Developing Earth Observation products for monitoring tropical humid and dry forests
The importance of tropical forest ecosystems in stabilising the global climate, protecting watersheds, maintaining biodiversity and serving as a source of livelihood for a substantial amount of the world’s population is well established. Efforts to monitor and map changes in the forest using Earth Observation (EO) – technologies has been increasing in the past decade, leading to the requirement for EO based Tropical Forest Monitoring Systems and Services (TFMSS). This has especially gained momentum due to key developments for example in the United Nations Convention on Climate Change (UNFCCC) policy process related to countries reducing emissions from deforestation and degradation (REDD) which requires an assessment of national historical and projected deforestation/degradation rates and statistics.
Furthermore, the corporate sector wants to ensure the sustainability of their supply chain and are increasingly interested by concepts such as Zero Deforestation (ZD). ZD should be understood as the preservation of high carbon and biodiversity of forests and that development should be targeted in areas with low carbon and low biodiversity stocks. However, to be credible, the implementation of such approaches need to be closely monitored. Standardized and quality assured EO based forest monitoring services can provide credible and independent information both in the design and monitoring of such schemes. At international level, the ZD is increasingly gaining momentum because it is seen as targeting the main causes of deforestation.
At the UNFCCC Conference of Parties in Montreal 2005, a group of tropical countries initiated a process to address the issue of reducing emissions from deforestation and degradation (REDD), that would be implemented as a post-Kyoto Protocol mechanism.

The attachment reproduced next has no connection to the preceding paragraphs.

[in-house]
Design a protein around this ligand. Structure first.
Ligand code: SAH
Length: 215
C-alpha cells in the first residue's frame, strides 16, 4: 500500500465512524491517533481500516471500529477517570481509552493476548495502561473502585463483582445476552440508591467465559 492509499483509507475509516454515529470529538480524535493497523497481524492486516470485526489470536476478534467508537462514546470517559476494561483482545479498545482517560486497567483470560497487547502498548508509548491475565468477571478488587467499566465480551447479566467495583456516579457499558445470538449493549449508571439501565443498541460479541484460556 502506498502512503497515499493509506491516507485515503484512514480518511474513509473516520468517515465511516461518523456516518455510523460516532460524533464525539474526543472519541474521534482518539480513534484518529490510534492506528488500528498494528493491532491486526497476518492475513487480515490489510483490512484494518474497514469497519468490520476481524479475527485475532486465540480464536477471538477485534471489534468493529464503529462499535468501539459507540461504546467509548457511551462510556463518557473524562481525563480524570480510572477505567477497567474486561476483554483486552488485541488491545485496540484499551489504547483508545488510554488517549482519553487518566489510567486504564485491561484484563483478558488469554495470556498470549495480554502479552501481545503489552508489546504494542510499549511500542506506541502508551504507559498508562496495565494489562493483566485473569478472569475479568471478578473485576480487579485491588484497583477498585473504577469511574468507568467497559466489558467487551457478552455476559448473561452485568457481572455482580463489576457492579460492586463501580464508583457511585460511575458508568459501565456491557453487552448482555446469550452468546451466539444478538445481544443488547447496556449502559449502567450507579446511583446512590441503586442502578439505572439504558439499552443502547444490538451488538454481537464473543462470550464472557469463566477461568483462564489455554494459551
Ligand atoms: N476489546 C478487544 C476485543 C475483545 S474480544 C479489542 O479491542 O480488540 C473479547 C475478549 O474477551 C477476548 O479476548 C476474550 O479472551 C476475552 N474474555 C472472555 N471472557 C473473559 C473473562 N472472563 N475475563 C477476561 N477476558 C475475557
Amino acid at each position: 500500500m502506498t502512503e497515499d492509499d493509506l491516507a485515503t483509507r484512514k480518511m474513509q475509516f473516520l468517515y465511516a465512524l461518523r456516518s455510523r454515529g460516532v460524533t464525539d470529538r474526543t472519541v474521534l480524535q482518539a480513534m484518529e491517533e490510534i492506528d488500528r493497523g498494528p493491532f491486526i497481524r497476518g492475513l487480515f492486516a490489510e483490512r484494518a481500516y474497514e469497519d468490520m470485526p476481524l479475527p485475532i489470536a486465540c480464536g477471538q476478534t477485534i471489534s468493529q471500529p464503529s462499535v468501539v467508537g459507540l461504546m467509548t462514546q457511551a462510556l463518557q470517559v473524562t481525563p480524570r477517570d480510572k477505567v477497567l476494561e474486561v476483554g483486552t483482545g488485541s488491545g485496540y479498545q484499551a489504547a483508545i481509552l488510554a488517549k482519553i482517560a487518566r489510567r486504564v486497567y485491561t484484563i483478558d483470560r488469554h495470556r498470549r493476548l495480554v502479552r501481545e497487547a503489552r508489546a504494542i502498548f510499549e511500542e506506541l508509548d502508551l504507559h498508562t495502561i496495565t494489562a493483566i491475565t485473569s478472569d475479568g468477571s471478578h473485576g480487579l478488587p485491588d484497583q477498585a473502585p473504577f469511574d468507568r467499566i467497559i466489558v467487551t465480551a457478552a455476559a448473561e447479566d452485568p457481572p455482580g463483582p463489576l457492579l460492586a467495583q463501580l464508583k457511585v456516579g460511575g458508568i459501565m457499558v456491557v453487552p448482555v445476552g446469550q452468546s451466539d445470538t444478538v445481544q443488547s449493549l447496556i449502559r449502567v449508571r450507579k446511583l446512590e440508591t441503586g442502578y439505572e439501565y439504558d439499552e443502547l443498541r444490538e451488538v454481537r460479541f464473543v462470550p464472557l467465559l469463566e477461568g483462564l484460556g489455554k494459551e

Deforestation and degradation are estimated to contribute to about 12% of the total global greenhouse gas emissions.
The basic premise of a future REDD policy would be that countries willing and capable of reducing emissions due to deforestation and forest degradation will be compensated financially. In the subsequent COP meetings, countries were encouraged to develop REDD Pilot Projects in order to assess the viability of such a process nationally.
The corporate sector – in cooperation with civil society and Non-Governmental Organisations (NGOs) – wants to ensure the sustainability of their supply chain. Concepts such as Zero Deforestation (ZD) which foresees the preservation of forest with high biodiversity and high carbon are tackling this need.
The HCS methodology should be understood as one of many mechanisms to fight deforestation and forest degradation. A joint implementation for ZD and REDD+ is even proposed in the HCS methodology guidelines. Thus, ZD mechanisms and policies influence REDD+ activities and vice versa. In the latest agreements of the COP21 in Paris, governments did include to their commitments the proposition to cooperate with companies to achieve sustainable or zero-deforestation production and supply chains.
Products and services developed during the course of EOMonDis can assist to implement and monitor the zero deforestation commitments.
Horizon 2020 is the European Union Framework Programme for Research and Innovation. The programme focusses on the excellence in science, industrial leadership and tackling social challenges. With nearly €80 billion of funding it is the biggest research and innovation program of the European Union. Within the current funding period (2014 – 2020) manifold projects in various sections are supported. EOMonDis project is placed in the “Space” section under the pillar “Leadership in Enabling and Industrial Technologies” and addresses the specific Topic EO-1-2015: Bringing EO applications to the market. It will be implemented over a 3 year period (2016 – 2019).